Utilizza questo identificativo per citare o creare un link a questo documento: http://hdl.handle.net/10556/3028
Titolo: A neurocomputational model of reward-based motor learning
Autore: Ragonetti, Gianmarco
De Santis, Alfredo
Marcelli, Angelo
Viggiano, Andrea
Parole chiave: Neurocomputational models
Motor learning
reward-based learning
Data: 22-set-2017
Editore: Universita degli studi di Salerno
Abstract: The following thesis deals with computational models of nervous system employed in motor reinforcement learning. The novel contribution of this work is that it includes a methodology of experiments for evaluating learning rates for human which we compared with the results coming from a computational model we derived from a deep analysis of literature. Rewards or punishments are particular stimuli able to drive for good or for worse the performance of the action to learn. This happens because they can strengthen or weaken the connections among a combination of sensory input stimuli and a combination of motor activation outputs, attributing them some kind of value. A reward/ punisher can originate from innate needs(hunger, thirst, etc), coming from hardwired structures in the brain (hypothalamus), yet it could also come from an initially neutral cue (from cortex or sensory inputs) that acquires the ability to produce value after learning(for example money value, approval).We called the formers primary value, while the latter learned values. The efficacy of a stimulus as a reinforcer/punisher depends on the specific context the action take place (Motivating operation). It is claimed that values drive learning through dopamine firing and that learned values acquire this ability after repetitive pairings with innate primary values, in a Pavlovian classic conditioning paradigm. Under some hypothesis made we propose a computational model made of:  A block taking place in Cortex mapping sensory combinations(posterior cortex) and possible actions(motor cortex) . The weights of the net which corresponds to the probability of a movement , given a sensory combination in input. Rewards/punishments alter these probabilities trhought a selection rule we implemented in Basal Ganglia for action selection;  A block for the production of values (critic): we evaluated two different scenarios In the first we considered the block only fo innate rewards, made of VTA(Ventral Tegmental Area) and Lateral Hypothalamus(innate rewards) and Lateral Habenula(innate punishments) In the second scenario we added the structures for learning of rewards, Amygdala, which learns to produce a dopamine activation on the onset of an initially neutral stimulus and a Ventral Striatum, which learns to predict the occurrence of the innate reward, cancelling its dopamine activation. Innate reward is fundamental for learning value system: even in a well trained system, if the learned stimulus reward is no more able to expect innate stimulus reward( because is occurring late or not at all ), and if this occurs frequently it could lose its reinforcing/weakening abilities. This phenomenon is called acquisition extinction and is strictly dependent on the context (motivating operation). Validation of the model started from Emergent , which provides a biologically accurate model of neuron networks and learning mechanisms and was ported to Matlab , more versatile, in order to prove the ability of system to learn for a specific task . In this simple task the system has to learn among two possible actions , given a group of stimuli of varying cardinality: 2, 4 and 8. We evaluated the task in the 2 scenarios described, one with innate rewards and one with learned rewards. Finally several experiments were performed to evaluate human learning rate: volunteers had to learn to press the right keyboard buttons when visual stimuli appeared on monitor, in order to get an auditory and visual reward. The experiments were carefully designed in a way such to make comparable the result of simple artificial neural network with those of human performers. The strategy was to select a reduced set of responses and a set of visual stimuli as simple as possibles (edges), thus bypassing the problem of a hierarchical complex information representation, by collapsing them in one layer . The result were then fitted with an exponential and a hyperbolical function. Both fitting showed that human learning rate is slow compared to artificial network and decreases with the number of stimuli it has to learn. [edited by author]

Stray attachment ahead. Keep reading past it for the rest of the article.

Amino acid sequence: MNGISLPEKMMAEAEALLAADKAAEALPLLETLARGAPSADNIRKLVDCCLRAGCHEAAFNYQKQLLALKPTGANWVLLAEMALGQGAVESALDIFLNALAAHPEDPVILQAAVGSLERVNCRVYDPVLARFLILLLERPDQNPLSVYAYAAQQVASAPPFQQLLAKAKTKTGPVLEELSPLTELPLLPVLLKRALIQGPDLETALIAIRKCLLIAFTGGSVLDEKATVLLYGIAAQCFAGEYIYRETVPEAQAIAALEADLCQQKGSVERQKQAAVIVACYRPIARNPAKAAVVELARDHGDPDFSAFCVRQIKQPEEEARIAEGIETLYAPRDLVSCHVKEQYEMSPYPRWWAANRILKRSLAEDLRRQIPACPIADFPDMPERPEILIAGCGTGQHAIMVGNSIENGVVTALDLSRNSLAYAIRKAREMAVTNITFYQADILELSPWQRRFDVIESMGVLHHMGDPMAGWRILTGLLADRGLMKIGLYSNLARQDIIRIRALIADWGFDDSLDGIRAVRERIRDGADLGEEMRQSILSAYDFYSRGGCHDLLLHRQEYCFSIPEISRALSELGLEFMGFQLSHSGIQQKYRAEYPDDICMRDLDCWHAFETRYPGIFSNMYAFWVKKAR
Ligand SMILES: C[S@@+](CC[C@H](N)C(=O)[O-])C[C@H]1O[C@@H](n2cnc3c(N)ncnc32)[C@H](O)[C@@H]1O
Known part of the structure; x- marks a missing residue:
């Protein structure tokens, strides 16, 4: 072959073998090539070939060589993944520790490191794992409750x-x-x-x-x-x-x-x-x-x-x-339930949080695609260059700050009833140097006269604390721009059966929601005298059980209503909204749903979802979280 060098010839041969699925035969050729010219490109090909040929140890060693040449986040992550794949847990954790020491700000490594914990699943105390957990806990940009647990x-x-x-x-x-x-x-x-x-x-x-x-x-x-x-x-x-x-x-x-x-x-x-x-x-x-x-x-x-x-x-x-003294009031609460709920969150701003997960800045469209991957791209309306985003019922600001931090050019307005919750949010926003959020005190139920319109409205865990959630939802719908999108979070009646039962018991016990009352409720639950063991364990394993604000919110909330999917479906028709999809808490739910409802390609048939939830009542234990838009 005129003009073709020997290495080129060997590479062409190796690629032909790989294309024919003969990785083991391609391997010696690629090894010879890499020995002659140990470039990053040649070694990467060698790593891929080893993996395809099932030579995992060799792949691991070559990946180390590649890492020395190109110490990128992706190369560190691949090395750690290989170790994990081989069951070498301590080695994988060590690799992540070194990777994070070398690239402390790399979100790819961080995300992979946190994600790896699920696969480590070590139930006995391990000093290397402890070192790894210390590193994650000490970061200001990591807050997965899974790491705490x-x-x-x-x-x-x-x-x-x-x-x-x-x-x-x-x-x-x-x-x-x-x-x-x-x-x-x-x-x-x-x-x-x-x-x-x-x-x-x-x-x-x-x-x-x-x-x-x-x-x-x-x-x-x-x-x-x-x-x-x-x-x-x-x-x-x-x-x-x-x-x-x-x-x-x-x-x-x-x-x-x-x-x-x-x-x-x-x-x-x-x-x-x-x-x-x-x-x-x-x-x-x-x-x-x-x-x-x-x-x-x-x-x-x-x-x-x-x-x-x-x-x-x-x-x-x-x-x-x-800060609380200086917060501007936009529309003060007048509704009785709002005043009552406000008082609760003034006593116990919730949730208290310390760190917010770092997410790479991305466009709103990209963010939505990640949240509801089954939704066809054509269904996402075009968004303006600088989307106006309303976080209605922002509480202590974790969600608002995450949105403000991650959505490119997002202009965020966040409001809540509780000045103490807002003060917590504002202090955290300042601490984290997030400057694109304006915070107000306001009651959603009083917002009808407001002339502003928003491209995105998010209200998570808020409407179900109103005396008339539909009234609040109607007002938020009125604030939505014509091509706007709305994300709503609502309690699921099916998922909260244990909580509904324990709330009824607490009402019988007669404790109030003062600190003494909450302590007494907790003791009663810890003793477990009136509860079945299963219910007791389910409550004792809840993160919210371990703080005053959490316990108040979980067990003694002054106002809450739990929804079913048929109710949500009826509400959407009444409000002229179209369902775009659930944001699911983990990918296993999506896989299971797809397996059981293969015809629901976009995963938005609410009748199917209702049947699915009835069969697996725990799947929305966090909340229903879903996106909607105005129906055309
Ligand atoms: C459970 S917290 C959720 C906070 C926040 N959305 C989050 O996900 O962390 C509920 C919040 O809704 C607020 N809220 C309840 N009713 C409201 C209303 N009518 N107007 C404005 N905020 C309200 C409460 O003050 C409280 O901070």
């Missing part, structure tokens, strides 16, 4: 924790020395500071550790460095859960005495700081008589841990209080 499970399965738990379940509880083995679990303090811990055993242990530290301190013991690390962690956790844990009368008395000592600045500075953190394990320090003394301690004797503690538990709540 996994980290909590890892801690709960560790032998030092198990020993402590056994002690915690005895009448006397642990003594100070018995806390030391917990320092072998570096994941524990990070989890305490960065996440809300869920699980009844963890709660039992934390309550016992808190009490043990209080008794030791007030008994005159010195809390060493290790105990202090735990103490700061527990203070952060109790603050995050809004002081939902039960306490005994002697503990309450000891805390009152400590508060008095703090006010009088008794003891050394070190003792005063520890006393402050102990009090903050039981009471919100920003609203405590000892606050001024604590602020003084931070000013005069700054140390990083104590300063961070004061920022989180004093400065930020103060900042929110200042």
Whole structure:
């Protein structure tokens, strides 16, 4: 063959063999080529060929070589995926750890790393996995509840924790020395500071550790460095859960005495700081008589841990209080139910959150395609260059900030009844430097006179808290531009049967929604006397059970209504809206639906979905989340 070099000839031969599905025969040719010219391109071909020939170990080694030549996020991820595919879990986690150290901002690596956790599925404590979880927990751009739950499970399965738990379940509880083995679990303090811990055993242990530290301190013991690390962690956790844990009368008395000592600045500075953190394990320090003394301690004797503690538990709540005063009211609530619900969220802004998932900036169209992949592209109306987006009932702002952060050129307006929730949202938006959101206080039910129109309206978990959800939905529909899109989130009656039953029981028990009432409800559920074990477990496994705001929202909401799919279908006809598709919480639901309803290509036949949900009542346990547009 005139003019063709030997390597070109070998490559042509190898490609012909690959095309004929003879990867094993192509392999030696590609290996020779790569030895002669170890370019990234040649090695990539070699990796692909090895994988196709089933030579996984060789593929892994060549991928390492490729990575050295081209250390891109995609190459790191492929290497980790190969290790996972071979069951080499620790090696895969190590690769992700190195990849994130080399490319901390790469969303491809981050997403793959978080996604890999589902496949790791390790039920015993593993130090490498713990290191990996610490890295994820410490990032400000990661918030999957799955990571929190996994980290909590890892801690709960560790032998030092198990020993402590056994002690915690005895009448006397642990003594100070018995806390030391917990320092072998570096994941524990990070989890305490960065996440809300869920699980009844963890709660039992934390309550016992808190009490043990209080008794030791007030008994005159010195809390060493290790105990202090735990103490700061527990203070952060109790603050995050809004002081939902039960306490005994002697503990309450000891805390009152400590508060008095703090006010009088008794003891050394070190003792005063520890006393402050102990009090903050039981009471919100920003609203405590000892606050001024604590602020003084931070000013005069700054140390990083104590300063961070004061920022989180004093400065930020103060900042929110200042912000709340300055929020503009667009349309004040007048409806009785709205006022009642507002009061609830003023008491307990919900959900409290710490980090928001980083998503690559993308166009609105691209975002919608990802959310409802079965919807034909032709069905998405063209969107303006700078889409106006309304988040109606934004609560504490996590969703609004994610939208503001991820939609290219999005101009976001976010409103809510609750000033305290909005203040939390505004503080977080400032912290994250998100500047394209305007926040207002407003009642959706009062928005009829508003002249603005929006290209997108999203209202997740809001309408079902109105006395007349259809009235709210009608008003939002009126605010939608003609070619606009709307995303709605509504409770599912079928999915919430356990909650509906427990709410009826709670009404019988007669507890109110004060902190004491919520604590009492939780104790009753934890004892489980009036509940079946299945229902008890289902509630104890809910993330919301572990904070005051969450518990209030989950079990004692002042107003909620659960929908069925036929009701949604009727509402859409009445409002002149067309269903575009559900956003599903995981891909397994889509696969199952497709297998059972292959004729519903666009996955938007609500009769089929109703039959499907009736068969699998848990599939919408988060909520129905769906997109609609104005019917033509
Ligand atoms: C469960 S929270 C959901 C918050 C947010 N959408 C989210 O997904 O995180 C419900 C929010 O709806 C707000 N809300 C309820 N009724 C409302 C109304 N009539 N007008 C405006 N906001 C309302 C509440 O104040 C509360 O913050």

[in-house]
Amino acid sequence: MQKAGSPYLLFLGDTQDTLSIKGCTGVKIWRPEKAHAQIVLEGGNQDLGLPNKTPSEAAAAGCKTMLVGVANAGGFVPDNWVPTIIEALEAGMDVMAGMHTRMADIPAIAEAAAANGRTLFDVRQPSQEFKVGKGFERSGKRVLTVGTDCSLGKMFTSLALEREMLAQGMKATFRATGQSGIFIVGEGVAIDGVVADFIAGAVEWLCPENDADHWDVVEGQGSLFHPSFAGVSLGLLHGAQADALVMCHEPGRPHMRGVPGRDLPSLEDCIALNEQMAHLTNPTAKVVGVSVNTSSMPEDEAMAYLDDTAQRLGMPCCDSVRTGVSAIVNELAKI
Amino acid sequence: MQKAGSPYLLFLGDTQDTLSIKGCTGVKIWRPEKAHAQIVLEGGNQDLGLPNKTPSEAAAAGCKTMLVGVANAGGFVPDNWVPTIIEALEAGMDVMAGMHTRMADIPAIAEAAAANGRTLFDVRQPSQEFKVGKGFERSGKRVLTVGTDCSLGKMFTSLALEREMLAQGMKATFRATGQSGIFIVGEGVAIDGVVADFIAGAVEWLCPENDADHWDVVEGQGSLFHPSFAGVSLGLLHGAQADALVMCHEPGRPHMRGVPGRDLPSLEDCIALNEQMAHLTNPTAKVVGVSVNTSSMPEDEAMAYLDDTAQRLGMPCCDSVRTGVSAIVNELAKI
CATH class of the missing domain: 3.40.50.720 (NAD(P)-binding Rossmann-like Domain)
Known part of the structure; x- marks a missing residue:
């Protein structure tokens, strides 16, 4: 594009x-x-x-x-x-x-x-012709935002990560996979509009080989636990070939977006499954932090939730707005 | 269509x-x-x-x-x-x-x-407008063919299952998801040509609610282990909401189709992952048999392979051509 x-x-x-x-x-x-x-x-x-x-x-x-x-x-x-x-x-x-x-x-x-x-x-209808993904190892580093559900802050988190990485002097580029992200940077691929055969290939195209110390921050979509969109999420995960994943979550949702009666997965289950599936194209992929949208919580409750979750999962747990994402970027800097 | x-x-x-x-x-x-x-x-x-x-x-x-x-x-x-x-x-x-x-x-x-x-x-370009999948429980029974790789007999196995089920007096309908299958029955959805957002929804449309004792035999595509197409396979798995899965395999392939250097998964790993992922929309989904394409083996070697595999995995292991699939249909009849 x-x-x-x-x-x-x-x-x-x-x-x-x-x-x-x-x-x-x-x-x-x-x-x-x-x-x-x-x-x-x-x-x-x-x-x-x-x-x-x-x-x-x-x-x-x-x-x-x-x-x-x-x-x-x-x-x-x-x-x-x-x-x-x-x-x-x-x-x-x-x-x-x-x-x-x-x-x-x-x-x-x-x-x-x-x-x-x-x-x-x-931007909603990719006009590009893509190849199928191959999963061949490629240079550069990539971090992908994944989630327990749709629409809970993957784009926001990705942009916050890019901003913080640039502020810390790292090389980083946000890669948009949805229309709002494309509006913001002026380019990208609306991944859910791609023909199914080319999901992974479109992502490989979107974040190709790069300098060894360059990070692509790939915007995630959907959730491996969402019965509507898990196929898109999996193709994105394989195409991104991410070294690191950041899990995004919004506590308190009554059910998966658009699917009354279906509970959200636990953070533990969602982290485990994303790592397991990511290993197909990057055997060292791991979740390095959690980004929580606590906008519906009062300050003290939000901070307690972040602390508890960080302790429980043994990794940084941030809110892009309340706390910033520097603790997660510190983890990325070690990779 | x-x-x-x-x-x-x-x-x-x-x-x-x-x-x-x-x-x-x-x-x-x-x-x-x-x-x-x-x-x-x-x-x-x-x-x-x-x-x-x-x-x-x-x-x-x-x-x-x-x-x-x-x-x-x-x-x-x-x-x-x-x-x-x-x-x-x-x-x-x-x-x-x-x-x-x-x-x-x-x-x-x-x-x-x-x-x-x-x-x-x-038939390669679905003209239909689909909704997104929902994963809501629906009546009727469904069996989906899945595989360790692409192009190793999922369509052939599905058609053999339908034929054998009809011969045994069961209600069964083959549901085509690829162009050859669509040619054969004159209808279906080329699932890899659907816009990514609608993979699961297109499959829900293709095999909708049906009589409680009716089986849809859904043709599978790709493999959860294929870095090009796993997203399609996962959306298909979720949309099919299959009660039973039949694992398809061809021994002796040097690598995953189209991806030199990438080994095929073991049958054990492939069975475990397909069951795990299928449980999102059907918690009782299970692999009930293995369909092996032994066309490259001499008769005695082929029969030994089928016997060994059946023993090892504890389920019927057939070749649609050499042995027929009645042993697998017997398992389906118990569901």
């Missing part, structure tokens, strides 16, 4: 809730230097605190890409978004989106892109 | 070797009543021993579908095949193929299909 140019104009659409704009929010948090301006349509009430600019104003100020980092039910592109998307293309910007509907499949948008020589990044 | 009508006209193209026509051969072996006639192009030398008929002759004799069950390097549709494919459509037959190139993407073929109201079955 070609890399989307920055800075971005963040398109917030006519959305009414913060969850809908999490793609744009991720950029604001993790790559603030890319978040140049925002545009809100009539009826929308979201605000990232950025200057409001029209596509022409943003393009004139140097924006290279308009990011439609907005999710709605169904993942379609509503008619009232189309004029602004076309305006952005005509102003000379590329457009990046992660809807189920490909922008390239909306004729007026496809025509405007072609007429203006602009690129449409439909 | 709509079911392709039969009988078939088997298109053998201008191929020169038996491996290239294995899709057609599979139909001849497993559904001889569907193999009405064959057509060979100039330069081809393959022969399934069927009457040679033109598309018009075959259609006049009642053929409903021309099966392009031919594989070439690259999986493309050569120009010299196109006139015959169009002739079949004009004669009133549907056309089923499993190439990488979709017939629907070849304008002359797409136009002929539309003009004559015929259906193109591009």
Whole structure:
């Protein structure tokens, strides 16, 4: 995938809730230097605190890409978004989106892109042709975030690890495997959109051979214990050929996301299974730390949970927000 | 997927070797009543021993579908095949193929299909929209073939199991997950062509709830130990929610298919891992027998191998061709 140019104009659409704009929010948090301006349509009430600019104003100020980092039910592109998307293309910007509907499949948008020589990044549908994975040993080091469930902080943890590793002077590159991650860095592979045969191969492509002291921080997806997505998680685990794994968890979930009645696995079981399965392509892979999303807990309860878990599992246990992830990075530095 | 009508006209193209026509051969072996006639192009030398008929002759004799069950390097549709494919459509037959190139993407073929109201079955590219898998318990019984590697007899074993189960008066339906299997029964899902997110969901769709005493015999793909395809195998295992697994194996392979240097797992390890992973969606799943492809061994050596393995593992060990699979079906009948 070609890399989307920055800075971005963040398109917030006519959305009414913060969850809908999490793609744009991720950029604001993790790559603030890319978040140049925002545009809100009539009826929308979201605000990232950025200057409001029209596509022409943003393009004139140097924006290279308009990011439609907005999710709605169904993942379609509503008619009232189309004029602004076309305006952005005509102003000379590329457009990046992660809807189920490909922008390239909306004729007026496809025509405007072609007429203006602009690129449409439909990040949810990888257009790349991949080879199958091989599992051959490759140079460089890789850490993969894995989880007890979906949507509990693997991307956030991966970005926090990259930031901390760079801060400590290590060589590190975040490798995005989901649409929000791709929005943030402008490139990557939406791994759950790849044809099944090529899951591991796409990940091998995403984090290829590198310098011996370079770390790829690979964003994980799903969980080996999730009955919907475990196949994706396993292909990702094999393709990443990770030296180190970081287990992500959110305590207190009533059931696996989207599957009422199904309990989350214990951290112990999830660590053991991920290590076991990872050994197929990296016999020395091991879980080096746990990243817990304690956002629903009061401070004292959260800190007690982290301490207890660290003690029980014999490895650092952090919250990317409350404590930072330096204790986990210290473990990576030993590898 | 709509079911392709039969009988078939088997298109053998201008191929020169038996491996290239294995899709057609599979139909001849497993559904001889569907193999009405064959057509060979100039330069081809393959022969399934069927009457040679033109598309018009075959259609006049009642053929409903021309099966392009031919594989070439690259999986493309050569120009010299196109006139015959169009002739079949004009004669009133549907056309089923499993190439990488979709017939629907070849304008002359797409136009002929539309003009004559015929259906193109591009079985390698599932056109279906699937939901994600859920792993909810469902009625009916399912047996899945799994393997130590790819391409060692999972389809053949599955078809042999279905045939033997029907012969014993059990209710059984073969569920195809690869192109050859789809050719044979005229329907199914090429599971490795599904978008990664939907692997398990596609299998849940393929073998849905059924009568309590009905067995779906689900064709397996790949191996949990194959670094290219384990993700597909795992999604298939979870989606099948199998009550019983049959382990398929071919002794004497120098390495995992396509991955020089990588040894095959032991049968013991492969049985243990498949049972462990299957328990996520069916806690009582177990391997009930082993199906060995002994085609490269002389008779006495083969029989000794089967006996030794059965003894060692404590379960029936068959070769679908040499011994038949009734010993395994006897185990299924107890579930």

Descrizione: 2015 - 2016
URI: http://hdl.handle.net/10556/3028
http://dx.doi.org/10.14273/unisa-1317
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